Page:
Future life

The fight for green credentials has swept the fashion industry, emerging as a key battle line for luxury groups seeking to burnish their image with consumers, but behind the eco-quests sits a broad set of issues related to social responsibility. These, too, are gaining increased scrutiny, say analysts, and the luxury industry has a leadership role to play.

“I have an enormous amount of requests related to the subject of corporate social responsibility,” also known as CSR, said Celia Friedman, a partner at consultant firm Oliver Wyman. “It’s clearly a subject linked to current events and a subject that chief executive officers are concerned about,” she added. 

The firm sifted through information provided by publicly listed luxury firms around the world and drew up a report called “Responsible Leadership in Luxury” that weighs the importance of such issues, which include the workplace environment, involvement in local communities and ensuring human rights are respected throughout the supply chain. It’s all closely tied to risk management — especially in luxury — but creates long-term value, according to the firm.

Analysts at Morgan Stanley have emphasized the risks linked to supply chains, suggesting investors ought to question luxury goods companies about their supply chains and how often they conduct factory visits and independent audits.

“The rising investor commitment to incorporating ESG [environmental, social and governance issues] within investment frameworks means that red flags are increasingly scrutinized,” said Morgan Stanley in a note to clients last year, noting that articles in the press had highlighted the lack of formal employment contracts and poor working conditions.

“It’s above all a subject of exposure to risk,” said Friedman. “And in luxury, all the value is in the brand, so a problem with risk in the supply chain puts the brand in danger.”

The idea behind the Wyman study was to shed light on the subject for luxury executives and show it is closely linked to growth and survival over the long term. 

“We consider it an issue of financial value,” she added. 

“Addressing CSR as ‘greenish pet projects’ is no longer an option as the increasing exchange of information in our digital economy has let to more transparency and companies can no longer blame the complexity of their supply chains or their lack of oversight into issues such as child labor practices or worker underpayment,” said the Wyman report, noting that organized and reputable stakeholders are calling for accountability.

The results of the Wyman report, which calls for looking beyond the risk management angle and considering CSR as a lever for creating long-term value, show a “nascent correlation” between CSR scoring and market valuation.

“In the long term, financial analysts are starting to pay more for companies displaying more mature CSR practices as they are less exposed to reputational risk and more attuned to societal and consumption mega trends,” the study said.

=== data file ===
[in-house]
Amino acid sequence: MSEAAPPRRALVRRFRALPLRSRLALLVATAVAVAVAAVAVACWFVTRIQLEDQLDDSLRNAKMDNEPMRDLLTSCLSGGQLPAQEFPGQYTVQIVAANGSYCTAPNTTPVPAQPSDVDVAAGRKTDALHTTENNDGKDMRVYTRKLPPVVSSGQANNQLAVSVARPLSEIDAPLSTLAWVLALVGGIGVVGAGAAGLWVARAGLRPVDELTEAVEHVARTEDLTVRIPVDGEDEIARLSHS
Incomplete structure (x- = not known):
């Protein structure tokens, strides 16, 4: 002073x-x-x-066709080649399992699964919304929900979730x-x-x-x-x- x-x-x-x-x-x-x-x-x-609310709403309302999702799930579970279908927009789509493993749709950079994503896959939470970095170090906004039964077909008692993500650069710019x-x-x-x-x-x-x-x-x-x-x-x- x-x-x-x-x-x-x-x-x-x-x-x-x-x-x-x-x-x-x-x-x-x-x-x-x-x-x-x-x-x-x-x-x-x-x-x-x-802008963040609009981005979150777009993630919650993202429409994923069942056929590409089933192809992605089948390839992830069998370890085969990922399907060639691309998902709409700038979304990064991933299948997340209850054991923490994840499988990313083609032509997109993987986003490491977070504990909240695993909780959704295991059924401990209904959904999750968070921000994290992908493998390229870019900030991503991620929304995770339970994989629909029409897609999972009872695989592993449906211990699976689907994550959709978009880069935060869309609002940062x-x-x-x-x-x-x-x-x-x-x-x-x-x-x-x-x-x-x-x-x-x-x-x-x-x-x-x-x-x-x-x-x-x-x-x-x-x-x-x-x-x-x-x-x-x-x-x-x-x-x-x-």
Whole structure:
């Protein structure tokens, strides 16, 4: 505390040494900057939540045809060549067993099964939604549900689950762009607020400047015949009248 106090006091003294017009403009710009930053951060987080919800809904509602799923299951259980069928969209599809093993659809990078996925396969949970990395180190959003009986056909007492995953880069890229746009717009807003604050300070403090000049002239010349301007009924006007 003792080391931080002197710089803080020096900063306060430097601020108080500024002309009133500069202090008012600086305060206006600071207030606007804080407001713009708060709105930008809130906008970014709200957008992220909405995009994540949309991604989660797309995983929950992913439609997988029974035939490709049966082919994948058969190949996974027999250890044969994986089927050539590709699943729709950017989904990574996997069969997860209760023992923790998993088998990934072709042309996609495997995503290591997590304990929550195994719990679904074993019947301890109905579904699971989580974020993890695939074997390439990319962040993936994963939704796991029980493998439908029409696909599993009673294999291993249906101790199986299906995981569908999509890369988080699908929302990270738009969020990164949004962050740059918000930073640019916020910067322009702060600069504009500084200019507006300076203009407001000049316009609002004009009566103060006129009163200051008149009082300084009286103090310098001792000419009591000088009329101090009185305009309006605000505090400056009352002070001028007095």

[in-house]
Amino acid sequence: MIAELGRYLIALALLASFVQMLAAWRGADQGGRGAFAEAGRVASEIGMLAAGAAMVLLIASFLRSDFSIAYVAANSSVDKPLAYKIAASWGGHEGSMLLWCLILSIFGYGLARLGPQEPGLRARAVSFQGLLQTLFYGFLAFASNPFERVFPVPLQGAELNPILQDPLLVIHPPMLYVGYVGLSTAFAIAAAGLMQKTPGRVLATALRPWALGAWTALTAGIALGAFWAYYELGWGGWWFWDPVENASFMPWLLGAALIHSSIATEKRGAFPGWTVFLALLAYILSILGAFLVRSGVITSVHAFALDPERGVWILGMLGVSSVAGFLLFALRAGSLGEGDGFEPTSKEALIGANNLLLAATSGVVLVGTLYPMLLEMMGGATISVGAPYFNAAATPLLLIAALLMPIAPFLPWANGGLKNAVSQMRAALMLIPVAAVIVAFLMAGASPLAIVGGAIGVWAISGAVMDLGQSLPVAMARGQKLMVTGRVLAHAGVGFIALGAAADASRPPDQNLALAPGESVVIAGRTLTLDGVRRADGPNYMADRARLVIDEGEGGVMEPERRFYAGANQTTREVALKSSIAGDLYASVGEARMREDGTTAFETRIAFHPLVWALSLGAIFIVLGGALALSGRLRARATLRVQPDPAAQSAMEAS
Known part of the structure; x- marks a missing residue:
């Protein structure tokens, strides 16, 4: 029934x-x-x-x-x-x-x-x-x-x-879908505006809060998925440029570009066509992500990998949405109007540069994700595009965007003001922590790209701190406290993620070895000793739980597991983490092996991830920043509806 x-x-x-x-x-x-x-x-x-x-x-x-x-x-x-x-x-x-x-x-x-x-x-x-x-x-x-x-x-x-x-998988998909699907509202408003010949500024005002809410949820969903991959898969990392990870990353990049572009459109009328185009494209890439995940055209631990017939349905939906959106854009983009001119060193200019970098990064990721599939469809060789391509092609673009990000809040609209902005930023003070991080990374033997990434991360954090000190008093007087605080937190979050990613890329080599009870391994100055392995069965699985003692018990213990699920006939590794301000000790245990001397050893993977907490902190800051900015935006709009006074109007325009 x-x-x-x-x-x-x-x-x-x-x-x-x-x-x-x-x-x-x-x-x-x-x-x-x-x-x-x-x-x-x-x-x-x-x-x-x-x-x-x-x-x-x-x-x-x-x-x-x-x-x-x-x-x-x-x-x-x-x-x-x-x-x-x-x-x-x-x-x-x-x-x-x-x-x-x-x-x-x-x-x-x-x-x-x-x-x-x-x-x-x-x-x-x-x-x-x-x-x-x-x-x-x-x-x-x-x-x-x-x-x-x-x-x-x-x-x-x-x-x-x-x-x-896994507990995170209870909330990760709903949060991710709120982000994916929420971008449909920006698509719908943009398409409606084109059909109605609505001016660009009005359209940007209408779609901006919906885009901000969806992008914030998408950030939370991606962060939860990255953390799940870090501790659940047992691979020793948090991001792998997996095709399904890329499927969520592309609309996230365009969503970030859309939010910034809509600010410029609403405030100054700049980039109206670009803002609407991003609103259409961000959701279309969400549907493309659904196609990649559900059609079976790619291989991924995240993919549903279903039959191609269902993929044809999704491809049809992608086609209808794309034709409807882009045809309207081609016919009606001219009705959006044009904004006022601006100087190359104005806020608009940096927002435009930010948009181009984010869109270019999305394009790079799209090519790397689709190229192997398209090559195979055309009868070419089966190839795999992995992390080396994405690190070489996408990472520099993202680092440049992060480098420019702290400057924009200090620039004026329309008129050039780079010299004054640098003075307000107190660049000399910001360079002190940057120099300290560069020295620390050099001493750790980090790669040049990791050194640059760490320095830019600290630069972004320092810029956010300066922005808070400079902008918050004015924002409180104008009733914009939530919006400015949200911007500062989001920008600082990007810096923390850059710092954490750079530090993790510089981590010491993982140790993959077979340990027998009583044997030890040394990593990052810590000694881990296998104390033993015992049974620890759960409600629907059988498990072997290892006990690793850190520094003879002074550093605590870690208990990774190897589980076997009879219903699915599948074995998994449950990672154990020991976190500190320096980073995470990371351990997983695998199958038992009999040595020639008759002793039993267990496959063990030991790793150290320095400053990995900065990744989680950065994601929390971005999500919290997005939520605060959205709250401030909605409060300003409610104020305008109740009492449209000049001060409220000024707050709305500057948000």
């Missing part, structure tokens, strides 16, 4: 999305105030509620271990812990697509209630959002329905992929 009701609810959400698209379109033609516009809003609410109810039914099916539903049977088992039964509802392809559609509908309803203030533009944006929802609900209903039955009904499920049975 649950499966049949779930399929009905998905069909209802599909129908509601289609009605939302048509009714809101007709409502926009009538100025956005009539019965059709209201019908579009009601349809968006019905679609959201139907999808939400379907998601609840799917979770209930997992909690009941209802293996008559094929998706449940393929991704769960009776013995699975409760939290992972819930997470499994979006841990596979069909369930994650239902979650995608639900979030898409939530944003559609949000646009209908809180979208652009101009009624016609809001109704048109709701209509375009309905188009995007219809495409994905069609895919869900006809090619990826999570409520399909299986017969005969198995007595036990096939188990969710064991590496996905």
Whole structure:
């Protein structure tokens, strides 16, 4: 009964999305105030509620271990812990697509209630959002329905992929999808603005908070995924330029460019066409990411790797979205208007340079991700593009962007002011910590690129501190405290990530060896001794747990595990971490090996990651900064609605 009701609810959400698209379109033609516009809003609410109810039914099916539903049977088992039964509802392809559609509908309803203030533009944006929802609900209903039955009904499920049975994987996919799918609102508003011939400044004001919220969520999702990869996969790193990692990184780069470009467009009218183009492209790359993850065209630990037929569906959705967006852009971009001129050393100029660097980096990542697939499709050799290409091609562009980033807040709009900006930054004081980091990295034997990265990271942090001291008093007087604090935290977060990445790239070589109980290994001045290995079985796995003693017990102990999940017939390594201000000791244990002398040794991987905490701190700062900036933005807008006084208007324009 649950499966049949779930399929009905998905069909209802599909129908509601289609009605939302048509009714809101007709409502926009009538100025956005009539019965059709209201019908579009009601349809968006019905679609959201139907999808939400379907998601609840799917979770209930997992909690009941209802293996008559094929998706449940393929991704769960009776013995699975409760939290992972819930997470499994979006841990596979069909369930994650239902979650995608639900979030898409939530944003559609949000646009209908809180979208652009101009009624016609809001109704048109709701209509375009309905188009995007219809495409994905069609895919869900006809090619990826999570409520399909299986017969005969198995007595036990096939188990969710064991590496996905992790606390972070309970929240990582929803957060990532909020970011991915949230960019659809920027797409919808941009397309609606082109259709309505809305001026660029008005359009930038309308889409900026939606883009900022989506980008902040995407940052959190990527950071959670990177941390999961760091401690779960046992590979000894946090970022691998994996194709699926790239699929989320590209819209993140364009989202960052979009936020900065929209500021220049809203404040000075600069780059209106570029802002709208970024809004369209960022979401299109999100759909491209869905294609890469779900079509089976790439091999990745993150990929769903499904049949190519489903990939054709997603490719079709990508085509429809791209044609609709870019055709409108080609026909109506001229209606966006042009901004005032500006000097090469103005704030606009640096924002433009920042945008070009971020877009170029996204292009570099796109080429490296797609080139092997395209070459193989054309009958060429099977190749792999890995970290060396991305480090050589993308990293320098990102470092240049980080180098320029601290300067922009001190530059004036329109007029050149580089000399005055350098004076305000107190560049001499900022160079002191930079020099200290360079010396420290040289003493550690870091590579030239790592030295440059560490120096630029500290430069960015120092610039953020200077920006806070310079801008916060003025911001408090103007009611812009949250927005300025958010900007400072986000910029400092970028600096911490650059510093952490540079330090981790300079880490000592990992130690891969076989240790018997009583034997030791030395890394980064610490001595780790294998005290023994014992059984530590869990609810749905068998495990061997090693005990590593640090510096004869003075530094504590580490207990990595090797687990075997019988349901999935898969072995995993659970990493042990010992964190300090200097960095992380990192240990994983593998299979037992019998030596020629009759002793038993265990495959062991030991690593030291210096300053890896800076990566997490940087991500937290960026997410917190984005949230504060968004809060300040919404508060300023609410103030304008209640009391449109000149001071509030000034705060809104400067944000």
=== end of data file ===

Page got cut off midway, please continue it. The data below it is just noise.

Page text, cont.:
Following an initial setup cost to implement CSR practices, they become part of the way business is conducted, as described by Friedman.

“Once you launch a project related to a particular issue — perhaps investing money to change the standards, afterward it becomes business as usual, so you can’t go back — it’s a way of doing things that replaces another way of doing things,” she said. It’s important to have a commitment from top management for the initial investment, she added.  

The ceo of a group is best-placed to call for brands to integrate CSR practices, while a group of executives can think up best practices, seek the right balance, identify operational opportunities and pull in external experts to challenge the company, in her view. 

Last year was marked by a flurry of activity on the sustainability front, spurred on by frustrated citizens, who took to the streets to demand more environmentally minded measures from policymakers, in a series of climate marches around the world.

To list just a few examples of industry measures, Kering announced in September that it would be going fully carbon-neutral and offset greenhouse emissions; the group’s chairman and ceo François-Henri Pinault had rallied a group of fashion industry players the previous month to sign on to the Fashion Pact, a pledge to work toward certain environmental goals. LVMH Moët Hennessy Louis Vuitton, meanwhile, has held a series of “Future Life” discussions showcasing its environmental goals, including one during Paris Fashion Week, attended by ceo Bernard Arnault.

But the luxury sector is also well-placed to demonstrate leadership on issues beyond the environment, says Friedman.

“It’s an industry that earns an enormous amount of money and that has the means to create local employment and to better pay employees — and perhaps holds the keys to the economy of the future,” she suggested.

“Top luxury executives, perhaps more than any other industry, will have a role to play with regards to society’s expectations because the industry has a larger margin of maneuver compared to other industries,” she added. 

This could stretch beyond the industry’s role in preserving and developing certain areas of expertise, or ones that are in danger of disappearing, and that can support local economies. 

“It’s an enormous responsibility,” but the industry can serve as an impetus for the rest of society, she said. 

Friedman and her colleagues sought to include a wide range of criteria for their study, looking at things like how many women are in a company, and how many hold high-level positions. Diversity and inclusion were also among criteria considered in the Wyman study. 

Kering is one luxury group that has been focusing on the workplace environment, including recently bulking up parental leave policies, which it applies to employees on a worldwide basis, and recruiting a chief diversity, inclusion and talent officer.